These bottles were produced without BPA in response to concerns about the chemical. Photo via Creative Commons, attributed to Alicia Vorhees, thesoftlanding
Are endocrine disruptors stealing our future?
Endocrine-disrupting compounds are chemicals in the environment—usually compounds that we have introduced—that can alter normal hormone signaling processes. Often, exposure to these compounds has little immediate effect in adult animals, but it can have big effects on organisms during sensitive developmental periods, like embryogenesis. During embryonic development in vertebrates, steroid hormones govern many processes, and the fetal hormone environment is usually carefully calibrated to ensure that these processes go forward normally.
Tiny amounts, big changes
But many compounds disrupt these processes, knocking them off track and resulting in development that is unusual or abnormal. For example, male alligators exposed in the egg to these compounds—which often persist in fatty tissues or yolk—emerge with serious penile abnormalities that can affect their ability to reproduce. The banned pesticide DDT is probably one of the best-known of these compounds, and exposure to it or its metabolites has been shown to disrupt hormone signaling to the point of altering sex development completely.
When we think of hormones, we often think of puberty, the time when hormones seem to govern our every move. When we think of estrogen, we probably think “female” because estrogen has historically been considered the “female” hormone. What you might not know is that estrogen, which is made in the ovaries, is also made in our brains during embryonic development. In mammals, appropriate male development appears to require neural estrogen synthesis. When estrogen synthesis in embryonic mammals is blocked, the males that develop do not exhibit typical male behaviors when they reach reproductive maturity.
Bisphenol A: ubiquitous chemical
Among the compounds that have been identified as endocrine disruptors is bisphenol A (BPA). In the United States, we produce about 2 billion pounds of BPA a year. Previous studies have demonstrated that BPA can disrupt thyroid signaling to the point of affecting the thyroid’s role in appropriate brain development. In addition, BPA has been linked to feminization of reptiles. Some scientists were aware of BPA’s hormone-activity potential as far back as the early twentieth century.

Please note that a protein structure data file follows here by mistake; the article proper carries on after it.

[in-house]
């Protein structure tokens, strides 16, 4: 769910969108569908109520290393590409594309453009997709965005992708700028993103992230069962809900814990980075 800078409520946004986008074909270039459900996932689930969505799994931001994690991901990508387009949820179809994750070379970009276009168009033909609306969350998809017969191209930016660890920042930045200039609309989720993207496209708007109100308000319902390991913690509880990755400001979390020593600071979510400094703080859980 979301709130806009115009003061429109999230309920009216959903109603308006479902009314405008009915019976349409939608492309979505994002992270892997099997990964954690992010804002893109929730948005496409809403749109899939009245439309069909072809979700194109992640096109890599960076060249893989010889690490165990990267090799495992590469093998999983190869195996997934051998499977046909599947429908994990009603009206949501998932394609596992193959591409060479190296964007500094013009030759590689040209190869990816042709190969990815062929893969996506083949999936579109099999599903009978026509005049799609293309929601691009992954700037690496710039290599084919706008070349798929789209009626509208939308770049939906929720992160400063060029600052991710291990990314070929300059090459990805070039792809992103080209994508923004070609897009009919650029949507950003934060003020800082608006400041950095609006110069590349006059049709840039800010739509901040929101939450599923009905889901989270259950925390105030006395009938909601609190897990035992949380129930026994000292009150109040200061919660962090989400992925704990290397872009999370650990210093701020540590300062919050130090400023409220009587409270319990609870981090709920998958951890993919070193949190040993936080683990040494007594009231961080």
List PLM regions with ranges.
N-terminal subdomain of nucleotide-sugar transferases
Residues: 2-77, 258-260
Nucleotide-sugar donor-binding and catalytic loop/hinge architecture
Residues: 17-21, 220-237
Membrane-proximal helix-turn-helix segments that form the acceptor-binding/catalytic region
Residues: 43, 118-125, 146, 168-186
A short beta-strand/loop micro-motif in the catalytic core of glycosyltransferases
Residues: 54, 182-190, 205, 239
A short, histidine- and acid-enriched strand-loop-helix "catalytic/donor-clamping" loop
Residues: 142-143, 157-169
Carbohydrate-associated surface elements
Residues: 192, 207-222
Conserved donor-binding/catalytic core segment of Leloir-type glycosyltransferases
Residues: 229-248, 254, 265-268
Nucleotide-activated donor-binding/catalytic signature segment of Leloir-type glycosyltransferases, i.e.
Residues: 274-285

But because no one took that knowledge or its potential seriously—the field of endocrine disruptors is relatively young—BPA has found its way into almost every aspect of our lives. It is in the dental sealants we put on our teeth to keep the cavities at bay. It is in the lining that coats the insides of food cans to keep the metal from rusting. It is in the hard plastic that we use for baby bottles and teething rings. And it can leach from these products into the food that we eat. BPA is found at high levels in some pregnant women, and it appears to accumulate in higher concentrations around the umbilical cord and in the fetal amniotic fluid.
BPA and effects on the developing brain
Work from Yale and from researchers in Japan also points to some potentially serious effects on the brain. Part of the role of estrogen in brain development is facilitating synaptic connections in a crucial brain area called the hippocampus. The hippocampus is the center where neurons organize that will later be activated to produce sex-appropriate activity in vertebrates. It is also the area of the brain involved in the formation and retention of memory.
The researchers found that small doses of BPA—doses that fall within EPA-approved levels for exposure—can inhibit hippocampal synaptic formation in rats, counteracting the effect of estrogen. That BPA is an estrogen inhibitor could be serious for our brains if the results translate into human effects. As we age and our endogenous estrogen levels decrease, for example, the hippocampus suffers and our memory does, too. If BPA sets this process in motion even earlier, hippocampal—and thus, memory—decline may occur even earlier.
Rodents, monkeys, and people–oh, my
A recent report in Environmental Health Perspectives concludes that rodents, rhesus monkeys, and people all exhibit similar pharmacokinetics with BPA and that exposures may be far greater than previously calculated. Other recent studies suggest effects on sugar metabolism related to diabetes, an association with polycystic ovarian syndrome in rats, and a relationship to the development of asthma in a mouse model.